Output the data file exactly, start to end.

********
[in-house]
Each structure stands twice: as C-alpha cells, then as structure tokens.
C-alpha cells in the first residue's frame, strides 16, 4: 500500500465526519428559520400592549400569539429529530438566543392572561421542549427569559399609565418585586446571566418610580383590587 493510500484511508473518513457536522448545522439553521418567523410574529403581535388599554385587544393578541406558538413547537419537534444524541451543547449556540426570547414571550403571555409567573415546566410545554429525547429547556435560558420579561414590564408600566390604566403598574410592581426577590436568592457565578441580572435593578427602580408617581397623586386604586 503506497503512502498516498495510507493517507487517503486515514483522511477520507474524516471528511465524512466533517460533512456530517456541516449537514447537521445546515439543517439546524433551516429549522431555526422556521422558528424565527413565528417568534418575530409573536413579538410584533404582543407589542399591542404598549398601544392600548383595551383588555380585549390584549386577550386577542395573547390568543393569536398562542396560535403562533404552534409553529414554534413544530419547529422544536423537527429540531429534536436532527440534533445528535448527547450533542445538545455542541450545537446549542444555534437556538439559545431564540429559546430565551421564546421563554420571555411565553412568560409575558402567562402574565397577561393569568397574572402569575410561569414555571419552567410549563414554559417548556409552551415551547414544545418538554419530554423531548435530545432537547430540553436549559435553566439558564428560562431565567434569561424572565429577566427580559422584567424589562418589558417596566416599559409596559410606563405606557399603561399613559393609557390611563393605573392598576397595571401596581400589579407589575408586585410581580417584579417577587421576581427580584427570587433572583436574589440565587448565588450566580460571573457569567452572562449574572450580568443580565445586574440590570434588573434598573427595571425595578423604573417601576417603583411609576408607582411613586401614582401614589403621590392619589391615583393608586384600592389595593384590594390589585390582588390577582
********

[in-house]
Each structure stands twice: as C-alpha cells, then as structure tokens.
C-alpha cells in the first residue's frame, strides 16, 4: 500500500465526519428559520400592549400569539429529530438566543392572561421542549427569559399609565418585586446571566418610580383590587 493510500484511508473518513457536522448545522439553521418567523410574529403581535388599554385587544393578541406558538413547537419537534444524541451543547449556540426570547414571550403571555409567573415546566410545554429525547429547556435560558420579561414590564408600566390604566403598574410592581426577590436568592457565578441580572435593578427602580408617581397623586386604586 503506497503512502498516498495510507493517507487517503486515514483522511477520507474524516471528511465524512466533517460533512456530517456541516449537514447537521445546515439543517439546524433551516429549522431555526422556521422558528424565527413565528417568534418575530409573536413579538410584533404582543407589542399591542404598549398601544392600548383595551383588555380585549390584549386577550386577542395573547390568543393569536398562542396560535403562533404552534409553529414554534413544530419547529422544536423537527429540531429534536436532527440534533445528535448527547450533542445538545455542541450545537446549542444555534437556538439559545431564540429559546430565551421564546421563554420571555411565553412568560409575558402567562402574565397577561393569568397574572402569575410561569414555571419552567410549563414554559417548556409552551415551547414544545418538554419530554423531548435530545432537547430540553436549559435553566439558564428560562431565567434569561424572565429577566427580559422584567424589562418589558417596566416599559409596559410606563405606557399603561399613559393609557390611563393605573392598576397595571401596581400589579407589575408586585410581580417584579417577587421576581427580584427570587433572583436574589440565587448565588450566580460571573457569567452572562449574572450580568443580565445586574440590570434588573434598573427595571425595578423604573417601576417603583411609576408607582411613586401614582401614589403621590392619589391615583393608586384600592389595593384590594390589585390582588390577582